Chestnut Lodge Roof Garden
A unique rooftop garden flowing seamlessly into the surrounding landscape
Situated directly above Chestnut Lodge’s workshop and a doorstep away from our meeting facilities is the uniquely serene Chestnut Lodge Roof Green Roof. Designed by landscape architect Gary Smith, the roof garden flows seamlessly into the adjoining landscape and makes the footprint of the building virtually disappear. In this naturalistic approach to the Lodge’s front door, we used plants that are not only native to the southern Appalachians, but also actively growing on the Reserve property.
Unlike more traditional roof gardens, which are planted with sedums and grasses in soil about four inches deep, the Chestnut Lodge Green Roof incorporates soil from eight to twelve inches deep and a superior drainage system that allows the vegetation to flourish. The roof garden is anchored by fringe trees, 25-year-old Gregory Bald azaleas and exquisite alternate leaf dogwoods. It features accents of rhododendrons, mountain laurel, mosses, lichens and fern.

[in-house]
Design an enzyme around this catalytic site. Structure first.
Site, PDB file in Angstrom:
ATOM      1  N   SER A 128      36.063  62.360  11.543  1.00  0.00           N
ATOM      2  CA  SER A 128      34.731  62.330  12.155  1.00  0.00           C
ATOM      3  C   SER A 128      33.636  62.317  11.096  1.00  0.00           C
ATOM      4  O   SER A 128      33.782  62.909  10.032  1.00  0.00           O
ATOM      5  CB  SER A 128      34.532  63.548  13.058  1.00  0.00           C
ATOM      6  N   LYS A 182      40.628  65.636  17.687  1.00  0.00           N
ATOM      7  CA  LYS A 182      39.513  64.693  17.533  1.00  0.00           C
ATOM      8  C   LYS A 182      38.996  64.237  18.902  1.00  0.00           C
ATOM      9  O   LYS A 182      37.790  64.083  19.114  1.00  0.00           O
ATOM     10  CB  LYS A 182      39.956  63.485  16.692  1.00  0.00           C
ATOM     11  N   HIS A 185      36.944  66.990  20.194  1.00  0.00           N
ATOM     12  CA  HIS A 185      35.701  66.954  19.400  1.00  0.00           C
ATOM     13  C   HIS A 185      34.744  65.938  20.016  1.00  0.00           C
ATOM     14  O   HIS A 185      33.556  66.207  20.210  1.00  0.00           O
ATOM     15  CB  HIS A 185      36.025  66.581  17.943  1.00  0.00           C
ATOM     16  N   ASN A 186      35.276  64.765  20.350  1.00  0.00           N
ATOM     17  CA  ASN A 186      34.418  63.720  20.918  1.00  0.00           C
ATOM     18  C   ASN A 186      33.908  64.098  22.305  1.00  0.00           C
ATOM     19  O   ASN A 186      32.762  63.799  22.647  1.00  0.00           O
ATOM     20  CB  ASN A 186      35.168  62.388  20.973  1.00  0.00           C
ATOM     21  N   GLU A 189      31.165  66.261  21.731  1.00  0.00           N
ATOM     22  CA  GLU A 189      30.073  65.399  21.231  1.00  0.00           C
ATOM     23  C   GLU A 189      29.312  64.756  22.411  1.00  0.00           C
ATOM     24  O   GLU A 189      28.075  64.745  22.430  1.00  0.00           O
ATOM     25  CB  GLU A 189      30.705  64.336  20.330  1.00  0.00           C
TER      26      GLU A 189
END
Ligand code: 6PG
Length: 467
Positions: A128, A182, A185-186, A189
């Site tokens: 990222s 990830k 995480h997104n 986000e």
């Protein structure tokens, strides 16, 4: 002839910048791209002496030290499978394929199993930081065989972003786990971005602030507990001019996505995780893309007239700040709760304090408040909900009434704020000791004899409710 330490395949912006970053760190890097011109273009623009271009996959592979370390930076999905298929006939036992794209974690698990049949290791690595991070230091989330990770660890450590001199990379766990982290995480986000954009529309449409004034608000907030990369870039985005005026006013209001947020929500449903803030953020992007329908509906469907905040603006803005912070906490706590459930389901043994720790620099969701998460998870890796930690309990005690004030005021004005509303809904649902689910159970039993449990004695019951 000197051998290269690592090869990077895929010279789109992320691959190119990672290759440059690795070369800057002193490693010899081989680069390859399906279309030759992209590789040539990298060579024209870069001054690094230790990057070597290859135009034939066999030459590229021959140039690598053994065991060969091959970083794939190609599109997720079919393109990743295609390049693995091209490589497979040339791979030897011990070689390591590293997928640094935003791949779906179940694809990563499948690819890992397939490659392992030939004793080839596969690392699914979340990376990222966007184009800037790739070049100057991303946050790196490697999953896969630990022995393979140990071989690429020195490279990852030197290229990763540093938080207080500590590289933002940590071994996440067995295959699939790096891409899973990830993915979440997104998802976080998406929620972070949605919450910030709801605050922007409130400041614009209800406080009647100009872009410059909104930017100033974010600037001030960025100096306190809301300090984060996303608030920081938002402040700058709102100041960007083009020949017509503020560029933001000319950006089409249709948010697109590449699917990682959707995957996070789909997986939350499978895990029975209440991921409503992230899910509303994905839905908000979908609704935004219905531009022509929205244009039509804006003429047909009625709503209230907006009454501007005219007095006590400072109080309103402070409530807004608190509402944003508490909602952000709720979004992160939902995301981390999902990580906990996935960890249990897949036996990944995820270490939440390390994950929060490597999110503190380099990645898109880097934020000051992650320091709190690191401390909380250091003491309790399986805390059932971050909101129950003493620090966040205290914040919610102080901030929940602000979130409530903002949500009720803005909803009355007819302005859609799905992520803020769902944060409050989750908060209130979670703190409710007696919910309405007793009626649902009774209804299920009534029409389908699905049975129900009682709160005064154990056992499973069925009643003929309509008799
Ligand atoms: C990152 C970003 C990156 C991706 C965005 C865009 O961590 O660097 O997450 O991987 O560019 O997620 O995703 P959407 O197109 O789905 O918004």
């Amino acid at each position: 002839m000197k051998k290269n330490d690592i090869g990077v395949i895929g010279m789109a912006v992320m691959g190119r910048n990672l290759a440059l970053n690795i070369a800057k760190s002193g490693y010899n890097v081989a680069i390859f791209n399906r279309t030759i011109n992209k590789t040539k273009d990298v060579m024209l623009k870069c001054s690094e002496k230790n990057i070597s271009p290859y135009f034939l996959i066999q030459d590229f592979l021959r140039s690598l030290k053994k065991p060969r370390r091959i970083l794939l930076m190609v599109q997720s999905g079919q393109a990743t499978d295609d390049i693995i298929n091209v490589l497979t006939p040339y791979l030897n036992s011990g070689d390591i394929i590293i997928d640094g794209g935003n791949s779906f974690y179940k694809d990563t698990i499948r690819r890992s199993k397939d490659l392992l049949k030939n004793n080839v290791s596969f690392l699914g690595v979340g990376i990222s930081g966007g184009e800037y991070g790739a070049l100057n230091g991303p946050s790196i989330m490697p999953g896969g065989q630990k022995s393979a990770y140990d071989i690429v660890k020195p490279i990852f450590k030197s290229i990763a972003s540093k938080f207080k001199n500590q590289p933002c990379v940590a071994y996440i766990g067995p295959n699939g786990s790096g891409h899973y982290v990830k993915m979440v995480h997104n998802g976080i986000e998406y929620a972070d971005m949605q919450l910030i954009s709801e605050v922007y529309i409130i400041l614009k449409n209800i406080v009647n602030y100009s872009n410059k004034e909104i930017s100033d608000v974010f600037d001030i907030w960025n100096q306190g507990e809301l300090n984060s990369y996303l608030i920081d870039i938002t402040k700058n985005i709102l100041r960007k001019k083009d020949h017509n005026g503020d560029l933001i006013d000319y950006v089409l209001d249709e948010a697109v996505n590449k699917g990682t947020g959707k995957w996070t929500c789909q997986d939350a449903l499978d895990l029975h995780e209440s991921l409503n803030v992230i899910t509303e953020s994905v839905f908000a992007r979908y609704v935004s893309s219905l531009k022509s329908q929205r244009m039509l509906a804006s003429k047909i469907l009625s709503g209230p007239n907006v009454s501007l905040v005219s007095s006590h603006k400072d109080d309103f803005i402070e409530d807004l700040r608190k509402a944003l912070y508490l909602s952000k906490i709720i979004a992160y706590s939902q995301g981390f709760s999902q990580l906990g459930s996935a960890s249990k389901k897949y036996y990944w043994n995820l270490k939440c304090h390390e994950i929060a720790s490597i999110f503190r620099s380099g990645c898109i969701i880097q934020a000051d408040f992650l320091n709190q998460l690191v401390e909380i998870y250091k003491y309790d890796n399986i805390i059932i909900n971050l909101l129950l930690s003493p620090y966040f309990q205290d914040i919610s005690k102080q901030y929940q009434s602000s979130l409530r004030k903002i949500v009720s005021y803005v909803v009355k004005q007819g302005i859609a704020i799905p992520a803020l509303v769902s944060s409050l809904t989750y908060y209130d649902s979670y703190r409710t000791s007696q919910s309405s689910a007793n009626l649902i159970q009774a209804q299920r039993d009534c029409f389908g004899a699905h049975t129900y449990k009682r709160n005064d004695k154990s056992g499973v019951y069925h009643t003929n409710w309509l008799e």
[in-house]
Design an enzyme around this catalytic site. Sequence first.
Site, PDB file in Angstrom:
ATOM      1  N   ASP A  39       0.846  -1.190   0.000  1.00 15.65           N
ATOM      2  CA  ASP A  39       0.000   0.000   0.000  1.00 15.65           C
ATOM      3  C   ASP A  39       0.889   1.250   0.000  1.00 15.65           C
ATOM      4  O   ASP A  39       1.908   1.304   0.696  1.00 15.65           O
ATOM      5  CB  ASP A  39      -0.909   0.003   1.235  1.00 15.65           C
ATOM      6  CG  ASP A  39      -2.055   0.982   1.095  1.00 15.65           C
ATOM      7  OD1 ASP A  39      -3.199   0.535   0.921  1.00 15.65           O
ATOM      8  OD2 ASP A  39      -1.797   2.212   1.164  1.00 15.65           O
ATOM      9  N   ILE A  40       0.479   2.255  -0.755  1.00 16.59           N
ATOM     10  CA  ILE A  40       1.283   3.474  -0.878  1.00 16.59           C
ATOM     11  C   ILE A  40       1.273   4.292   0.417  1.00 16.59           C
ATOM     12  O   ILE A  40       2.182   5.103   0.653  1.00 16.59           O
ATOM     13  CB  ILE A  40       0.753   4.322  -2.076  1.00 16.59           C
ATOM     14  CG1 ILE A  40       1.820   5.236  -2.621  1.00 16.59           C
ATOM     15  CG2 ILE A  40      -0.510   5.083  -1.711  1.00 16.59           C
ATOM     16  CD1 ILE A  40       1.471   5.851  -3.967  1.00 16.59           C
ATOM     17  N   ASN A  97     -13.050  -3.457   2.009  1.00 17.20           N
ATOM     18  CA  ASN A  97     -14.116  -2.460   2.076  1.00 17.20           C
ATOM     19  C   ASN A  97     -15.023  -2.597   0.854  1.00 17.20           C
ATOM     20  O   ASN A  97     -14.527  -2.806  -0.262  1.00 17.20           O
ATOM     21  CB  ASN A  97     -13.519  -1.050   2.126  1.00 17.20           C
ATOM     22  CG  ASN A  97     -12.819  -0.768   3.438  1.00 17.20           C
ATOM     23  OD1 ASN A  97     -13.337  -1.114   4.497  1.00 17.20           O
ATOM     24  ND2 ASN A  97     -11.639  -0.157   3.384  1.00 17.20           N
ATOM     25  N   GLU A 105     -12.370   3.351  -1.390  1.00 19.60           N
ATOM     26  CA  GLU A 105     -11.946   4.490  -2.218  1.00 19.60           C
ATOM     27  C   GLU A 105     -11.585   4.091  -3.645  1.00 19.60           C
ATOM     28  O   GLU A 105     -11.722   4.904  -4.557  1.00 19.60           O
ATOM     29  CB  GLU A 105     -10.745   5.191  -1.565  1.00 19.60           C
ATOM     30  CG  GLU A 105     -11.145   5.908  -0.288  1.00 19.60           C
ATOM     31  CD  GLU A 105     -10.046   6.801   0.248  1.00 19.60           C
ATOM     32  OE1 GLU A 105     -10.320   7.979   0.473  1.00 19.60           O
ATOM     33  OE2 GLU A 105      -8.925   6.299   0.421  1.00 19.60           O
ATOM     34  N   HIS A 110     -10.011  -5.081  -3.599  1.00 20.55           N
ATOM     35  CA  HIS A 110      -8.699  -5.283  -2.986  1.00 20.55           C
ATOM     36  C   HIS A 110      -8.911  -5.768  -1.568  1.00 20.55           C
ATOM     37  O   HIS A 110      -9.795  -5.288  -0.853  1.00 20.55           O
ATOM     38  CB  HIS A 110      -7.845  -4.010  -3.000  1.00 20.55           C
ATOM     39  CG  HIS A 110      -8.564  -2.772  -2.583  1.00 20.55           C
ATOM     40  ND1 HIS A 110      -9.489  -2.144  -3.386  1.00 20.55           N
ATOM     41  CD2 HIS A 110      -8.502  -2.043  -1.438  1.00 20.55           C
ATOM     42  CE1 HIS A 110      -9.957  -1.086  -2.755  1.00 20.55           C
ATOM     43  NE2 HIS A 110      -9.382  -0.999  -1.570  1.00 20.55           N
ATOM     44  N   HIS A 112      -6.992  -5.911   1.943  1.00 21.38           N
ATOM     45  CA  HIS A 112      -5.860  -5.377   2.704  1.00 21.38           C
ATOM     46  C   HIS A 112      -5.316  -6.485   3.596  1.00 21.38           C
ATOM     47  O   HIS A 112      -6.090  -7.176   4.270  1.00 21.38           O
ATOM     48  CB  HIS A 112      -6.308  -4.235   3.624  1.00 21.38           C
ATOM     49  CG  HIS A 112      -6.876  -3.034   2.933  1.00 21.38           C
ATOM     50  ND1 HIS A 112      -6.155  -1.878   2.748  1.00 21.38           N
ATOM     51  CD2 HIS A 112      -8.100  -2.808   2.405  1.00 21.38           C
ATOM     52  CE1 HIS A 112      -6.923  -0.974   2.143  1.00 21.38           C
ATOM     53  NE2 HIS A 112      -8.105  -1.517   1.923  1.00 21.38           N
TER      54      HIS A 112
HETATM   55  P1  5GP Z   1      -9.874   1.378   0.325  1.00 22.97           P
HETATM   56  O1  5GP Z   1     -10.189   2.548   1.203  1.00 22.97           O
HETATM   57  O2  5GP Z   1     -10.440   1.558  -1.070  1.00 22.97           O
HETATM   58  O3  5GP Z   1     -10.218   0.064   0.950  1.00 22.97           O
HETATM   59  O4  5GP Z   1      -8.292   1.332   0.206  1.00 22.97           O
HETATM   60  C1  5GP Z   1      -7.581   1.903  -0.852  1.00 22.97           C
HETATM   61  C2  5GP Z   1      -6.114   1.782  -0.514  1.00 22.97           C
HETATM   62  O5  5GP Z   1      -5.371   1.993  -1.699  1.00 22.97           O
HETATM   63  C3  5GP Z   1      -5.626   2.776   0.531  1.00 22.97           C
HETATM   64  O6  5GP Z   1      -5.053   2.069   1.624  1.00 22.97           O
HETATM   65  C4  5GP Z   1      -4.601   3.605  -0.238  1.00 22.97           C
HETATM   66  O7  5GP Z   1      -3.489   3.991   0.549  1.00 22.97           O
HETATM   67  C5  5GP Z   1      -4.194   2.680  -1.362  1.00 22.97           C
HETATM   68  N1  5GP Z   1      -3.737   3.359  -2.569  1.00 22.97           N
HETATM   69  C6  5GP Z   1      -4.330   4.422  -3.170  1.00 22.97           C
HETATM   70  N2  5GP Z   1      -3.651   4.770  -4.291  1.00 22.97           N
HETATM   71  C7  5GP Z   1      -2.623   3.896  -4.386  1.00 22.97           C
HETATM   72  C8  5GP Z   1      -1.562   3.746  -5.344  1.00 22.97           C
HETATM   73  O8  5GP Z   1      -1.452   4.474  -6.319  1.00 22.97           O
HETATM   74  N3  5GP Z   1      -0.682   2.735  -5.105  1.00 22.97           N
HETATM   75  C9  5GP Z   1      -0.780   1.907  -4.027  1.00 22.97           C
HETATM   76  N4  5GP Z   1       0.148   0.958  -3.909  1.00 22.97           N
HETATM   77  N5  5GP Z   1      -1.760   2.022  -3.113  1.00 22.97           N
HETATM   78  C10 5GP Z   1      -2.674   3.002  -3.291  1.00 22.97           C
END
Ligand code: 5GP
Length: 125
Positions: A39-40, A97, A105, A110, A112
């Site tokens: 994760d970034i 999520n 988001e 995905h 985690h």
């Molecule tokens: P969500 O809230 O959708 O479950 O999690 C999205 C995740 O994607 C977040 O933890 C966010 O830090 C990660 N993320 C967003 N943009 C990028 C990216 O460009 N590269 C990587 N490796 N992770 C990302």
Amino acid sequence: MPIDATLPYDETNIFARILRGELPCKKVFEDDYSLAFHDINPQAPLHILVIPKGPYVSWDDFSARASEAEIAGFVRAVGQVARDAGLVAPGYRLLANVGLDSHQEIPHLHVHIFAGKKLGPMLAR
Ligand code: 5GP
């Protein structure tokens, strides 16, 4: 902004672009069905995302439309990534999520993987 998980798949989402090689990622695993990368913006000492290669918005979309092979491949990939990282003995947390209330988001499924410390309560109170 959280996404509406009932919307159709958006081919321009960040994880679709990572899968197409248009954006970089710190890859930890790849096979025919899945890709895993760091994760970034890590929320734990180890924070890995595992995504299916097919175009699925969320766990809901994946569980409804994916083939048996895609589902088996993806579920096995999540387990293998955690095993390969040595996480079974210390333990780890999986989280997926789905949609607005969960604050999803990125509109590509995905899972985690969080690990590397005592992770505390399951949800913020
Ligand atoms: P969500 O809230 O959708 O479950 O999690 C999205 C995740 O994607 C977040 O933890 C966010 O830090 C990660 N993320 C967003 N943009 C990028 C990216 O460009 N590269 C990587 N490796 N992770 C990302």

The defining feature of the rooftop garden is a fireplace built from an enormous twenty-five ton soapstone boulder. Prominent Native American sculptor Joel Queen of Cherokee, North Carolina carved the legend of how Native Americans first acquired fire into the boulder surrounding the fire pit. This beautiful piece of functional art is always a favorite of visitors to the Reserve.
An understory of knee-high plants including huckleberries, blackberries, calendulaceum, blueberries and vaseyi serves as a wonderful transition from the cultivated garden area to the natural woodland. The Chestnut Lodge’s nearby motor court is paved with pervious concrete, a substance that allows water to pass through at any point on the surface, preserving ideal growing conditions for the variety of plants surrounding it.
- Fringe tree
- Gregory Bald hybrid azaleas
- Alternate leaf dogwoods
- Rhododendron max
- Mountain laurel
- Leucothoe recurva
- Huckleberries, blackberries, blueberries, chokeberries
- Rhododendron viscosum